A formal complaint has been made after a charity volunteer was forcefully moved off a street by council officials while she prayed near an abortion clinic in Bournemouth.
63-year-old Livia Tossici-Bolt held a sign offering charitable help to women in crisis pregnancy situations.
The sign read: “PREGNANT? NEED HELP?”
It included access to a lifeline where people could learn about support available to them should they choose to continue their pregnancy.
While three officers accused her of breaching a buffer zone, video evidence showed she was standing outside it, 150 meters from the abortion facility.
It's the second time the retired scientist has been moved on from praying outside a buffer zone, in which it is illegal to protest.
She expects to hear back from the council by 28th December.
Lois McClatchie Miller from the Christian legal advocacy group ADF UK told Premier that a worrying trend of infringements on legal expression of belief is developing.
"We've seen more and more instances of people getting into trouble, even going as far as being taken to court on criminal charges for praying inside their heads silently, or here in this case, just simply offering help.
"And so it is a trend that's increasing. In the new year, we're expecting to see a law rolled out across the UK, which will enforce these buffer zones everywhere across England and Wales."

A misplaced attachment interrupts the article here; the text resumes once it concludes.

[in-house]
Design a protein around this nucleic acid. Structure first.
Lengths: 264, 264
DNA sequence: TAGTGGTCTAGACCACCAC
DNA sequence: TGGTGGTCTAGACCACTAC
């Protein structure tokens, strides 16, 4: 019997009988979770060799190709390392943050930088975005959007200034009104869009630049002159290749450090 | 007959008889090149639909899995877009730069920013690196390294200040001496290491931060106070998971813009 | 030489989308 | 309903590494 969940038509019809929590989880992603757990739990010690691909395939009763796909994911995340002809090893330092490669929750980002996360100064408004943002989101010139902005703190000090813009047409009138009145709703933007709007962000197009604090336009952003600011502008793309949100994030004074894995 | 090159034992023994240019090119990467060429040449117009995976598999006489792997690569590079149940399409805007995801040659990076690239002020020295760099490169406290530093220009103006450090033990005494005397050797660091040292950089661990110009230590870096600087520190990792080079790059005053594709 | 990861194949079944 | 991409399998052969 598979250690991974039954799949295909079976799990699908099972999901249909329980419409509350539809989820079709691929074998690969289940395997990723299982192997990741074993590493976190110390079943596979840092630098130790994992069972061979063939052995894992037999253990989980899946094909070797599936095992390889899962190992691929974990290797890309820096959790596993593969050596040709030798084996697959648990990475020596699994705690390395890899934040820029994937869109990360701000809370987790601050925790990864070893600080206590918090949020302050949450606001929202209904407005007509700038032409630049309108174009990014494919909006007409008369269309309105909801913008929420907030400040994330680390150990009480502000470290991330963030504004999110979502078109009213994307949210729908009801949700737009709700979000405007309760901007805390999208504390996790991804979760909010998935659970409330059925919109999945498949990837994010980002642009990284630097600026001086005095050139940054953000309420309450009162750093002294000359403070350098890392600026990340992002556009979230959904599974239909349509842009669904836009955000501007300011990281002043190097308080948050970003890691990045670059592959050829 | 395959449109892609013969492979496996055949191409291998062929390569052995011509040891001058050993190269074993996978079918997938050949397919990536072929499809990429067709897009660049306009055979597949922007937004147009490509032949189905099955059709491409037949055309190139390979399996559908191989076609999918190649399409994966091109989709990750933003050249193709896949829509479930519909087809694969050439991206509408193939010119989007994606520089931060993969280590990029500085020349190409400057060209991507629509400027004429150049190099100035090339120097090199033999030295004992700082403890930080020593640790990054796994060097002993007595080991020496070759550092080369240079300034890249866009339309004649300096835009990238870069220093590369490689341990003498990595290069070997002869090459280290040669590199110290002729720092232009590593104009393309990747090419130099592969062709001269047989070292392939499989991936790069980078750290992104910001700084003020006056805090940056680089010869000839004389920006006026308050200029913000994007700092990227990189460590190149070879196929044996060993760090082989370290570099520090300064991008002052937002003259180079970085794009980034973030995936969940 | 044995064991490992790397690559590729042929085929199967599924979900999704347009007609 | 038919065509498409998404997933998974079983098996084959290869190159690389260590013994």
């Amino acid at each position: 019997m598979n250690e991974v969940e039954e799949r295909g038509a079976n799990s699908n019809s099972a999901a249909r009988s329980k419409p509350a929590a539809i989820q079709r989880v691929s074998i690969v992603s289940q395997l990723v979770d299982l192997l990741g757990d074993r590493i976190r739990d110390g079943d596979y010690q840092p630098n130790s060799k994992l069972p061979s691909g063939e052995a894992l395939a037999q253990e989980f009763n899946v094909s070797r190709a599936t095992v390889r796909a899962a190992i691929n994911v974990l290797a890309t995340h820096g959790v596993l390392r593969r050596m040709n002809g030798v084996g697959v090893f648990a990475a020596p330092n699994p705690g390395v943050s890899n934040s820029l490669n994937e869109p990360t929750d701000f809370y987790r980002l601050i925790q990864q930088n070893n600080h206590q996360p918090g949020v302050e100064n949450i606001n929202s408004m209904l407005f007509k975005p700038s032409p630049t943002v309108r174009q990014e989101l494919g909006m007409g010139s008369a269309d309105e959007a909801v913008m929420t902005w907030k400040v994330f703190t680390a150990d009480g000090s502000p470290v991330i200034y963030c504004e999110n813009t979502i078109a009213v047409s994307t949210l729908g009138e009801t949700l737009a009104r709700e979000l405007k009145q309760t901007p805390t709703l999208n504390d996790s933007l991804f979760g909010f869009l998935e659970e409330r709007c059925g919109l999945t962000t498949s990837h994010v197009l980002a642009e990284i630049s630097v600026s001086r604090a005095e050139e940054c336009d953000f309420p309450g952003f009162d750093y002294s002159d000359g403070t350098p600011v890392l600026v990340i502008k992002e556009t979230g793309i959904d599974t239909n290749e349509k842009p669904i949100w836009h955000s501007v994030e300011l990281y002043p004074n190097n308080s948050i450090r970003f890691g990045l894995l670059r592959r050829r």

ADF has described buffer zone laws, which prohibit silent prayer and consensual conversations, as "a slippery slope," rejecting the idea they were designed to prevent harassment or intimidation.
It points out that no pro-life vigil volunteers have been convicted of harassment and intimidation in over 40 years of pro-life presence near abortion facilities.
"These zones have the effect of stamping out pro-life views from the public square. If the state is allowed to criminalize the mere holding of pro-life viewpoints within certain public spaces, on what basis can we object to criminalization in all public spaces?
"The principle of freedom of thought and speech must be defended both within and outside ‘buffer zones’ – the alternative is state-sponsored censorship, the silencing of those with viewpoints considered non-mainstream, and the undermining of the very fabric of our democracy."
In a statement to Premier, a spokesperson for Bournemouth, Christchurch and Poole Council said: “While our teams continue to deal with this complaint, which remains under consideration, we cannot comment further on proceedings.”